I get the point, but on the other hand, if we go too far the other direction with this, we run the risk of communicating that all higher math is pointless because people will just estimate everything they can’t do with plain arithmetic. During one of my education classes, I remember trying to develop a “real world” geometry application of calculating how much carpet is needed for a room. I was told by several people (including the professor) that they’d just take basic measurements and estimate, because there’s going to be waste anyway.

    So how *do* we create mathematics problems that are real and that don’t rely on overly fake scenarios? Or do we stop trying to create real world mathematics problems entirely?

    • These are really good points and questions. My sense is that creating ludicrously fictitious contexts is pointless, as it gives the message that mathematics is disconnected from the real world problems that people care about. On the other hand, I am struggling to think of a good example of a genuine real-world application of rational versus irrational numbers. Yet I think there is a really interesting story to tell nonetheless about the history of their discovery and the fear they were held in – it is far more engaging than this pseudocontext, and may help to explain the terminology “irrational” (which in English has quite negative connotations). There is also the potentially interesting discussion of how to represent these numbers – how can computers handle them, for example? (I’m not sure whether this counts as “application”, though.) But some of this gets quite sophisticated quite quickly.

      There is also the point to make that much mathematics is interesting for its own sake: it is a subject of intrinsic beauty, and humans as a species like problem-solving. (Think of the prevalence of crossword puzzles, the sudoku craze and so on, which probably have no significant practical applications.) And math is about problem-solving, just because. Sometimes, the problems are practical, sometimes not. But it is the problem-solving aspect which is common to these, not the practical applications.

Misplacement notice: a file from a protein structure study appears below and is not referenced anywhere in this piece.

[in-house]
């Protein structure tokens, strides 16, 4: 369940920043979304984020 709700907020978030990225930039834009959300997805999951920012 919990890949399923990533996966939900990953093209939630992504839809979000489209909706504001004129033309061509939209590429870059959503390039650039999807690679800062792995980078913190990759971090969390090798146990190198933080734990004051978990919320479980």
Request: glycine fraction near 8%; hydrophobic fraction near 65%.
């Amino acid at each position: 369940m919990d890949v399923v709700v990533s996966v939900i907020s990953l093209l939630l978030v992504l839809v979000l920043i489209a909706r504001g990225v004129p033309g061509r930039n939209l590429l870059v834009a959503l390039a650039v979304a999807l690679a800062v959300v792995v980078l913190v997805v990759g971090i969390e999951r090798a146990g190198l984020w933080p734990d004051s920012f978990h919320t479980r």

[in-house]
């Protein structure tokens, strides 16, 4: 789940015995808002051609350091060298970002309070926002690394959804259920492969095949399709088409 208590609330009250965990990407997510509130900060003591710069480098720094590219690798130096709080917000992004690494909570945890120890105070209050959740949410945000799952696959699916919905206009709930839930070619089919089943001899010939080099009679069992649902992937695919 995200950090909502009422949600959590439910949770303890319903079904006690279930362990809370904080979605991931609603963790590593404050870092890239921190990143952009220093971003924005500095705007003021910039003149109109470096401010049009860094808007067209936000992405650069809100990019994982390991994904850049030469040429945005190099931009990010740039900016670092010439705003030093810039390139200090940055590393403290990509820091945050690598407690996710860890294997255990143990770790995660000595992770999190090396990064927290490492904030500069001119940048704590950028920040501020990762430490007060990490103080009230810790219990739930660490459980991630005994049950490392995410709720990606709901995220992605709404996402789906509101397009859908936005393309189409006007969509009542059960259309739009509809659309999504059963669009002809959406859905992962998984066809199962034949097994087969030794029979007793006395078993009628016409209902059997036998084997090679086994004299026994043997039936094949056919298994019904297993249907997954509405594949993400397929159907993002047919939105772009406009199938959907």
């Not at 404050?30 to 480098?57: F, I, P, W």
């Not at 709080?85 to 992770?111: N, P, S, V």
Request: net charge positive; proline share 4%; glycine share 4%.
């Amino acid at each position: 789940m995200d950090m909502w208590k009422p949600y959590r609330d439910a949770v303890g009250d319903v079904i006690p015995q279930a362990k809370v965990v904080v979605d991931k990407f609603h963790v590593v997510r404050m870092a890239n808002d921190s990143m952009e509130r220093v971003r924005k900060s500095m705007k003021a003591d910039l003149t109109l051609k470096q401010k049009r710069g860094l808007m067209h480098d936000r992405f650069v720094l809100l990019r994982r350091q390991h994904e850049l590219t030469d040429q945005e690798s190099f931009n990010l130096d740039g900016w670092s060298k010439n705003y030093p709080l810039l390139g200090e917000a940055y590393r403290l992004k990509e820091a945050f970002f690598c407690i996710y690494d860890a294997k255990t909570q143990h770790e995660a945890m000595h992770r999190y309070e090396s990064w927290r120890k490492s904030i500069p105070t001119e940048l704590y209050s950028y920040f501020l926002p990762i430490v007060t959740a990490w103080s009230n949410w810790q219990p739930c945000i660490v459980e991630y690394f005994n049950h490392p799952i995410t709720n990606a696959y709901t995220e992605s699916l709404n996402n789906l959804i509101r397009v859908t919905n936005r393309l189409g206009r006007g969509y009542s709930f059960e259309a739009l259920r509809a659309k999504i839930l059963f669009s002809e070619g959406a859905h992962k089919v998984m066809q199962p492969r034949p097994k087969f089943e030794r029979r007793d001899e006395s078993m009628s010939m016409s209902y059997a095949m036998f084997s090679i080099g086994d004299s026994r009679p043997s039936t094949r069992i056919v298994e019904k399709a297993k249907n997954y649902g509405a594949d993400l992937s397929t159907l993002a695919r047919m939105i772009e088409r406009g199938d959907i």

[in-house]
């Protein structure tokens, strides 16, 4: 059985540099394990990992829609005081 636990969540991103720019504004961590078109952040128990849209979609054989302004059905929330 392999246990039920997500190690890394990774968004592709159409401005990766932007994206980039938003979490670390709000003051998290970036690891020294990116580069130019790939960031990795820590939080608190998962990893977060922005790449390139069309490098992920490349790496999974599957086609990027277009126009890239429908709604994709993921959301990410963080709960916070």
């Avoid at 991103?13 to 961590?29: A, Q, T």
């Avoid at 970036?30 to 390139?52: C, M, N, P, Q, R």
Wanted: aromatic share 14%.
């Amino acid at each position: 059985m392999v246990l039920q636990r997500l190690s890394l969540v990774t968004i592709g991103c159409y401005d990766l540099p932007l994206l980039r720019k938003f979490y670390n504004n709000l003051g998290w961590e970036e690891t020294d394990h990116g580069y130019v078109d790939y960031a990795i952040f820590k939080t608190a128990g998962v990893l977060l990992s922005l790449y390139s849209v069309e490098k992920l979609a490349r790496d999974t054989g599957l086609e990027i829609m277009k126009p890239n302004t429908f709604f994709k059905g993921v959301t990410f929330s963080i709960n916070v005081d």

• Julian:

      Yet I think there is a really interesting story to tell nonetheless about the history of their discovery and the fear they were held in — it is far more engaging than this pseudocontext, and may help to explain the terminology “irrational” (which in English has quite negative connotations).

      Agree. I’d like to know more about the genesis of “irrationality.” Somewhere in the inception of the idea is a conflict which we can adapt for the classroom.

  10. I am that unlikely individual: put me in front of a square maze and tell me it is 700 square feet, and I will quickly start to wonder how and why they built it that way. And yet, put that same maze in a textbook problem as one of four options to investigate for irrational side lengths and I no longer care. I suppose that is exactly what the “pseudo” in pseudocontext hits at: the problem *could* come up in the real world, and if it does it might very well be an interesting problem for that person in that moment; but divorced from that it becomes hollow and forced.

    • Is there any way for curriculum designers to notch a win with you, if the “designed” aspect of their work seems to disagree with you?

  11. The story that the irrationals were a problem for Pythagoras, though attention-grabbing, is, like the maze in Dallas, exploiting the world – or in this case history – for the sake of mathematics. See my post:
    There is still the possibility of imagining how their first discovery must have come as a surprise. I mention a possible line of thought here:

  12. I teach pre-algebra as well as algebra. I sometimes show these images to my students. They thought it might be about transformations (translate, rotation and reflection), although they didn’ t see where reflection might apply.